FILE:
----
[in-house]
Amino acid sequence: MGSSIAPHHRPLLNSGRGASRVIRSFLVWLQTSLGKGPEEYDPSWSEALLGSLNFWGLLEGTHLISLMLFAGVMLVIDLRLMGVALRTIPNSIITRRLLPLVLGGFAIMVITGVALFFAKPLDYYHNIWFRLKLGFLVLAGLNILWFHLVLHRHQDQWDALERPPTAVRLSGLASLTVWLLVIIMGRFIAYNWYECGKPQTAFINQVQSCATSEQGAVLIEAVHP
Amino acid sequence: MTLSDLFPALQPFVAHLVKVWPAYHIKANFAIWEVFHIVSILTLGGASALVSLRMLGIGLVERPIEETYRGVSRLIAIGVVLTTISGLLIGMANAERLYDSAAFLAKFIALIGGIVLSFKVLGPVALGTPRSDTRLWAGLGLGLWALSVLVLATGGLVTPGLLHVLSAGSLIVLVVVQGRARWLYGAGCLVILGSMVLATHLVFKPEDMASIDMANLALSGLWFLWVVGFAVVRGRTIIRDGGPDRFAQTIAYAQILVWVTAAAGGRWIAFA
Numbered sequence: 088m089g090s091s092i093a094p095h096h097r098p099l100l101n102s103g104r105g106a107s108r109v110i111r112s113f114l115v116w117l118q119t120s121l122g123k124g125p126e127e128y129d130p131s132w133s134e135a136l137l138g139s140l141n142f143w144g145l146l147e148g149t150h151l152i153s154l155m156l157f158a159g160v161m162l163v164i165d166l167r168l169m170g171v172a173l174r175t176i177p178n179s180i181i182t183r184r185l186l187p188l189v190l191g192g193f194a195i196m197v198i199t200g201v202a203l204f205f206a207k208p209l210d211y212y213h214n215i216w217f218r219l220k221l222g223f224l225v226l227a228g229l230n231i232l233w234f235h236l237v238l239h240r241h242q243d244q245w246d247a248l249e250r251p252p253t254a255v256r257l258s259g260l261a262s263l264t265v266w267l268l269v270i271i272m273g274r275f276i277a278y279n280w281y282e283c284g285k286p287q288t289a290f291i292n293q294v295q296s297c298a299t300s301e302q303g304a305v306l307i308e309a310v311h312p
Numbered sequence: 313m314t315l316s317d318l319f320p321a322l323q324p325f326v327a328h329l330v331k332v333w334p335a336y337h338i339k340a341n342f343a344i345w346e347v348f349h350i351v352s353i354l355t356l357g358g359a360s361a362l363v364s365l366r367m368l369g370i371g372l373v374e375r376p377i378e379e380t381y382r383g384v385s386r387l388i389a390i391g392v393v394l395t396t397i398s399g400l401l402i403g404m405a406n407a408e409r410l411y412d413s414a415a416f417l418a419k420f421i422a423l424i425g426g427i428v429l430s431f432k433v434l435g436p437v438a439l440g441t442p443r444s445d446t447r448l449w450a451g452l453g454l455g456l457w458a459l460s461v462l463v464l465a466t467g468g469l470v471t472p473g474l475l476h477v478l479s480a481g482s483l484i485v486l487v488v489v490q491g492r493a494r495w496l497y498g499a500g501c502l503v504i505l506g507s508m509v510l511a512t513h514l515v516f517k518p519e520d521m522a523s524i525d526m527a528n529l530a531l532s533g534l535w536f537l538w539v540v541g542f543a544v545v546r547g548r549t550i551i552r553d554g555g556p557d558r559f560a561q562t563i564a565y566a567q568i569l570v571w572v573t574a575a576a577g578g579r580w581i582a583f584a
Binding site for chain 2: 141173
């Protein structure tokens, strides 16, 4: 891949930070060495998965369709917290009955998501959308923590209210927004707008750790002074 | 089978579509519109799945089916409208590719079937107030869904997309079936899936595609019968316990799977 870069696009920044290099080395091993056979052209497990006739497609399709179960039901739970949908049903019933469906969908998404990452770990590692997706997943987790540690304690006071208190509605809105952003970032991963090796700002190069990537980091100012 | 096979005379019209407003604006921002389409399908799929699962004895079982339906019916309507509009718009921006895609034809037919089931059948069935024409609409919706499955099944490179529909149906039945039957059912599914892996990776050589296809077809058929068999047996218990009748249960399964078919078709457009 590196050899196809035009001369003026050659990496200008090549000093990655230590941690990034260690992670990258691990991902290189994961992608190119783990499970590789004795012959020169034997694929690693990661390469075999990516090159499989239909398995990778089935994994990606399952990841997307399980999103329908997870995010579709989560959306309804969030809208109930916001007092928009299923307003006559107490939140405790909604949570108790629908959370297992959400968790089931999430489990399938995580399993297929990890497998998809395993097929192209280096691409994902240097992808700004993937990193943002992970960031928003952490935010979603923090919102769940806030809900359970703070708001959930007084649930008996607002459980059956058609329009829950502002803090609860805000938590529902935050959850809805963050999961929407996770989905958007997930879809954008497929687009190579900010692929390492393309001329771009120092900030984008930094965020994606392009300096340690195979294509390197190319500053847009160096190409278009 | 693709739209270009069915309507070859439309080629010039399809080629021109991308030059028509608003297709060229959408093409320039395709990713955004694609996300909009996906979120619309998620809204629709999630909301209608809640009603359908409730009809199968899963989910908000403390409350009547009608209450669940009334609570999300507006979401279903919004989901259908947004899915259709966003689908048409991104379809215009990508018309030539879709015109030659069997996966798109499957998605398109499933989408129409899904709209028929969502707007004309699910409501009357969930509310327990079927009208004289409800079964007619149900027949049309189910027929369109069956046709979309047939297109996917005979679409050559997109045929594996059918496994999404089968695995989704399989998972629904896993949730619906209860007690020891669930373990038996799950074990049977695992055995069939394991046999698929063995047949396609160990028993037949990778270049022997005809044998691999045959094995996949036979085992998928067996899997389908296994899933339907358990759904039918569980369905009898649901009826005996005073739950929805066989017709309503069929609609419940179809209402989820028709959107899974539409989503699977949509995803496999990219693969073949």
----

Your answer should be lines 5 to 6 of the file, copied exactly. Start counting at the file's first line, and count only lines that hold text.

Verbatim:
Numbered sequence: 313m314t315l316s317d318l319f320p321a322l323q324p325f326v327a328h329l330v331k332v333w334p335a336y337h338i339k340a341n342f343a344i345w346e347v348f349h350i351v352s353i354l355t356l357g358g359a360s361a362l363v364s365l366r367m368l369g370i371g372l373v374e375r376p377i378e379e380t381y382r383g384v385s386r387l388i389a390i391g392v393v394l395t396t397i398s399g400l401l402i403g404m405a406n407a408e409r410l411y412d413s414a415a416f417l418a419k420f421i422a423l424i425g426g427i428v429l430s431f432k433v434l435g436p437v438a439l440g441t442p443r444s445d446t447r448l449w450a451g452l453g454l455g456l457w458a459l460s461v462l463v464l465a466t467g468g469l470v471t472p473g474l475l476h477v478l479s480a481g482s483l484i485v486l487v488v489v490q491g492r493a494r495w496l497y498g499a500g501c502l503v504i505l506g507s508m509v510l511a512t513h514l515v516f517k518p519e520d521m522a523s524i525d526m527a528n529l530a531l532s533g534l535w536f537l538w539v540v541g542f543a544v545v546r547g548r549t550i551i552r553d554g555g556p557d558r559f560a561q562t563i564a565y566a567q568i569l570v571w572v573t574a575a576a577g578g579r580w581i582a583f584a
Binding site for chain 2: 141173